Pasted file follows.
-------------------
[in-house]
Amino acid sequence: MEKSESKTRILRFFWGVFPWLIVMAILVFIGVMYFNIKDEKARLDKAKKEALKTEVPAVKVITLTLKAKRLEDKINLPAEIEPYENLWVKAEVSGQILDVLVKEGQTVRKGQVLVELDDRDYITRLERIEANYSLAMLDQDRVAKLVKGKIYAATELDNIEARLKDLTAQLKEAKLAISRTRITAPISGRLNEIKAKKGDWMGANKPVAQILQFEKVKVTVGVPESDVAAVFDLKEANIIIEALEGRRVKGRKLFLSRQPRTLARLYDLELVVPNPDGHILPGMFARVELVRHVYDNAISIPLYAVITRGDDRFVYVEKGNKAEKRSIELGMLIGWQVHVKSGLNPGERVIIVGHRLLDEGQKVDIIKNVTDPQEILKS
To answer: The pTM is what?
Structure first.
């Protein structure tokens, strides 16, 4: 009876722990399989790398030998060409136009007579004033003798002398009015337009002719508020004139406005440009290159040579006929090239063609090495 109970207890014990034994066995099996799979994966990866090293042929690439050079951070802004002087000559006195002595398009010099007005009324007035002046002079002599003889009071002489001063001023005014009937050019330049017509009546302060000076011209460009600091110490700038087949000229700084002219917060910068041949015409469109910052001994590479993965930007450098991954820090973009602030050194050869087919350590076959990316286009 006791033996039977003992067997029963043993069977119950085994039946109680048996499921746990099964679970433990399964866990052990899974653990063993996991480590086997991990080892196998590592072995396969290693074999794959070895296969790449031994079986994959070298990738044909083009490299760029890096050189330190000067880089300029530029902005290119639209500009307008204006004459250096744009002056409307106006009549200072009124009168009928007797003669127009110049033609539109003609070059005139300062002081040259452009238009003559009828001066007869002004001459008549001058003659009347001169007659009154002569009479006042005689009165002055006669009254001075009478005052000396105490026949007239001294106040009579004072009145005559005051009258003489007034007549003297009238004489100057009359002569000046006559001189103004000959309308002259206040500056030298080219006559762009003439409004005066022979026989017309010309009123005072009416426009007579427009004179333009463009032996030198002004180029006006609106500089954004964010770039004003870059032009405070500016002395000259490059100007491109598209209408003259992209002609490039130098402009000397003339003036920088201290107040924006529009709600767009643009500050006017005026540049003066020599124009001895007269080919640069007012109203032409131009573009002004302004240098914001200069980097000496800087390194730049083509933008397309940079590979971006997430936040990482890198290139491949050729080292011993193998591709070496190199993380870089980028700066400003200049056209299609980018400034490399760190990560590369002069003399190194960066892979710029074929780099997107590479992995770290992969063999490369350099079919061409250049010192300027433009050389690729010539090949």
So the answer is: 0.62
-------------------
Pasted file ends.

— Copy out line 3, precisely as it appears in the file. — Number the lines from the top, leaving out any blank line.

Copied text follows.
To answer: The pTM is what?